British PM wins key Brexit vote despite ‘big’ rebellion..

Theresa May faces a number of grillings from MPs today

Theresa May faces a number of grillings from MPs today

The document notes that the impact of a no-deal scenario would be "very real" for citizens, and even leaves open the possibility of a visa requirement for Britons travelling to the continent after Brexit should a deal not be in place. Amy Mount, head of Greener UK - a coalition of 13 major environmental organisations lobbying for a Green Brexit - warned on Twitter that trade deals have a "big impact" on our environment.

Within three days of that party retreat, Johnson and the minister responsible for Brexit negotiations with the EU, David Davis, resigned from their cabinet posts.

The entire trade bill passed by 31 votes and now moves to the House of Lords for further scrutiny before returning to the Commons for a final vote.

But by sticking to her plan for a "business-friendly" departure that would keep Britain in a free trade zone with the European Union for manufactured and agricultural goods, May has thrown down the gauntlet both to backers of a cleaner break with the bloc, and to those who don't want to leave at all.

"Therefore, it is essential that the United Kingdom continues to participate in the EMA after Brexit, as set out in the Brexit white paper and in the prime minister's Mansion House speech".

Shouts rang out across the Commons.

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"Brexit continues to mean Brexit", May said to cheers from her Conservative supporters. Davis' former deputy, Steve Baker, chimed in to ask about contingency plans for a no-deal departure.

The session offered a mirror on a party deeply split and a government just scraping by to stay in office.

Johnson was a leading Brexiteer in the 2016 European Union referendum.

While praising Mrs May's "courage and resilience", he tore apart her Brexit strategy.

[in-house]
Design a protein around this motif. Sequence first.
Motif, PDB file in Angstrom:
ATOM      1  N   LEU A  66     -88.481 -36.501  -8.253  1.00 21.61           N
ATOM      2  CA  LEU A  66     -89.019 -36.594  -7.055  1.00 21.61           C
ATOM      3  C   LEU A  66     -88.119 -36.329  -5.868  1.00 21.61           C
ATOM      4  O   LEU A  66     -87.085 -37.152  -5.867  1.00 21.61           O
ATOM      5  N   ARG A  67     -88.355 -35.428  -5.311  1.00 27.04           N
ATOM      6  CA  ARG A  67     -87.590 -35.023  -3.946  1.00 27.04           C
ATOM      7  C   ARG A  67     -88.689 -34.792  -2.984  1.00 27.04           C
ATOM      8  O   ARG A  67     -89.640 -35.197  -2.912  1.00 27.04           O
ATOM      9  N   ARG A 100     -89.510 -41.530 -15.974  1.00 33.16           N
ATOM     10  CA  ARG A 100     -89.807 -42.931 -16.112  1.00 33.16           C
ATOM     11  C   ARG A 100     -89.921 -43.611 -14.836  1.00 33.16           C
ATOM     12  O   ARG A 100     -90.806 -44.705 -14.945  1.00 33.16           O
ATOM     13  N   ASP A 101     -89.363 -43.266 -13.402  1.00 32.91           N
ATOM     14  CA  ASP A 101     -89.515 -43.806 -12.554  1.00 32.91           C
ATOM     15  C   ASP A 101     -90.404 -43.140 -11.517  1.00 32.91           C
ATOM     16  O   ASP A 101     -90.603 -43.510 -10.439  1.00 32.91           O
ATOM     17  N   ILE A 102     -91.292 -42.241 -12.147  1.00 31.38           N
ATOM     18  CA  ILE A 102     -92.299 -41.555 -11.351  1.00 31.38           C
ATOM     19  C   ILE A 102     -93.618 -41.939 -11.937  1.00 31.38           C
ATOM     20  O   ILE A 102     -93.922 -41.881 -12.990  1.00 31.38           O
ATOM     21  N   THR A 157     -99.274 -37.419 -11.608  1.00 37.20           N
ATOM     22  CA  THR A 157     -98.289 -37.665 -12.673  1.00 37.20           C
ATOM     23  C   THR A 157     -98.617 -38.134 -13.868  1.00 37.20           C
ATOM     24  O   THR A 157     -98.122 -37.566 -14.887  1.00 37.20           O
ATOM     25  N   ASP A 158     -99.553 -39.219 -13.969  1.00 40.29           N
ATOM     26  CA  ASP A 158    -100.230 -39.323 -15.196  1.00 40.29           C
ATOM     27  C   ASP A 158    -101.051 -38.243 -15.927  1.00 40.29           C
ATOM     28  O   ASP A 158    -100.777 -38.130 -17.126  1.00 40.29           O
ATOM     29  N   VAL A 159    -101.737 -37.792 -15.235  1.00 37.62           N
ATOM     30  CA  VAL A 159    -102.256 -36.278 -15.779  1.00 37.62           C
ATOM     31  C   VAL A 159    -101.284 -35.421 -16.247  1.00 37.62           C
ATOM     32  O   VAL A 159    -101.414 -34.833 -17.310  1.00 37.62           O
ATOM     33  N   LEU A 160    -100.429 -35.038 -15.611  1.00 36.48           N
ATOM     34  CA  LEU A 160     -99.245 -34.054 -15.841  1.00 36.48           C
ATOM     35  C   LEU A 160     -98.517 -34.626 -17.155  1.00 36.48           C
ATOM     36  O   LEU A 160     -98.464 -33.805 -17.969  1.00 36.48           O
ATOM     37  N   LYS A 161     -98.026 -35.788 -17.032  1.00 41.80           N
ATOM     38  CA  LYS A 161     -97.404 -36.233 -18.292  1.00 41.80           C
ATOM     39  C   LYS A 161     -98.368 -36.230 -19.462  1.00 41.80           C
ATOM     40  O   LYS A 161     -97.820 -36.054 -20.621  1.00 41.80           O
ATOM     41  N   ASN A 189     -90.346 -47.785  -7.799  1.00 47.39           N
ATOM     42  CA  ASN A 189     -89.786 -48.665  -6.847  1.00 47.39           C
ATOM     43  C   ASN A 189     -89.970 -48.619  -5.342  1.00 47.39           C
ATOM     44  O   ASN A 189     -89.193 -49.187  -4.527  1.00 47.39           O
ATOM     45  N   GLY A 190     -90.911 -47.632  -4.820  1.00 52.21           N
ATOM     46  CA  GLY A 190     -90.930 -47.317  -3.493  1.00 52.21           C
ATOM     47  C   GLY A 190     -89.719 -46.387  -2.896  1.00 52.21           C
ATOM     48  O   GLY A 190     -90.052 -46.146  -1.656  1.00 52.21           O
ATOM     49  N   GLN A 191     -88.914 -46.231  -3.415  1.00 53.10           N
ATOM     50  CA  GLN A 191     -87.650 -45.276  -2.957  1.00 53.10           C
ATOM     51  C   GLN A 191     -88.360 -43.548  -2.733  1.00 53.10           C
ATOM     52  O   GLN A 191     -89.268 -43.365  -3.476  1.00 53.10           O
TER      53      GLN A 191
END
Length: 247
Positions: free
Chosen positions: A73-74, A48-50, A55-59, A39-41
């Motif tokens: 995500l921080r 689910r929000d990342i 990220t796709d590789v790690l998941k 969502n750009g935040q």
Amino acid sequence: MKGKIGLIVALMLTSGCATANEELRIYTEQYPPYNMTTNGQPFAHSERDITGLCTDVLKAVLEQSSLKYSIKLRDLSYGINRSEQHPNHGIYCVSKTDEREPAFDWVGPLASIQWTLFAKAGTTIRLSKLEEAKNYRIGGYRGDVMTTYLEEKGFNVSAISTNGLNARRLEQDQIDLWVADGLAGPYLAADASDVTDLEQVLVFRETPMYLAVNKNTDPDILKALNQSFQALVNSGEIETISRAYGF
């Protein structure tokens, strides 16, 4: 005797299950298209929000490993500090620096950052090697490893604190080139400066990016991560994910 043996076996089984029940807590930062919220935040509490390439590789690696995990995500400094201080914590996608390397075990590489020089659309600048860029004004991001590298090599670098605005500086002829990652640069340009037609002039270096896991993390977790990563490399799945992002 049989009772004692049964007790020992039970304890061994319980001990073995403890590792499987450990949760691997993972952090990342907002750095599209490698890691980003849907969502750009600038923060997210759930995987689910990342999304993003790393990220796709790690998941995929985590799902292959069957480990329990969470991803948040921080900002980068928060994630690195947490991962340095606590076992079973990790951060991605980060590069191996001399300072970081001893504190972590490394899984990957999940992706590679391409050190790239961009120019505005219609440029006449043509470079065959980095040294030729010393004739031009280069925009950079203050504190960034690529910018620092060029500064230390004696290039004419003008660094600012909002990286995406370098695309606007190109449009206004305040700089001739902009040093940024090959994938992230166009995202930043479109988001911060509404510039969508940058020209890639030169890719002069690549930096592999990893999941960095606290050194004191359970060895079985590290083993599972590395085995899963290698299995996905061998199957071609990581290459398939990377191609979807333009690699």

The EU has recently concluded a huge free trade deal with Japan.

After 18 months of stealthy retreat we have come from the "bright certainties" of Mrs May's Lancaster House speech to the "miserable permanent limbo" of the Chequers agreement, he said. "Not the democratic disaster of ongoing harmonization with no way out and no say for the UK".

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Brexiteers believe that keeps Britain too close to the European Union, while pro-Europeans think it fails to protect the country's dominant services sector, among other gripes.

Johnson insisted there was still time to adjust and that the country must do so because much was at stake.

"It is absolute nonsense to imagine, as I fear some of my colleagues do, that we can somehow afford to make a botched treaty now, and then break and reset the bone later on", he said.

Theresa May will be questioned by MPs on the liaison committee about Brexit later before speaking at a meeting of Tory backbenchers.

The newspaper reported that Conservative whips, who enforce discipline in the party, issued the warning to pro-EU MPs, led by the former ministers Stephen Hammond and Nicky Morgan, minutes before a crucial vote on customs last night.

48 letters must be sent to the chairman of the committee Graham Brady before a no confidence vote is triggered.

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She added: "I am delighted to welcome the Prime Minister to Northern Ireland in particular Fermanagh and South Tyrone". Justine Greening has called for a second referendum, labelling the prime minister's Brexit deal a "fudge".

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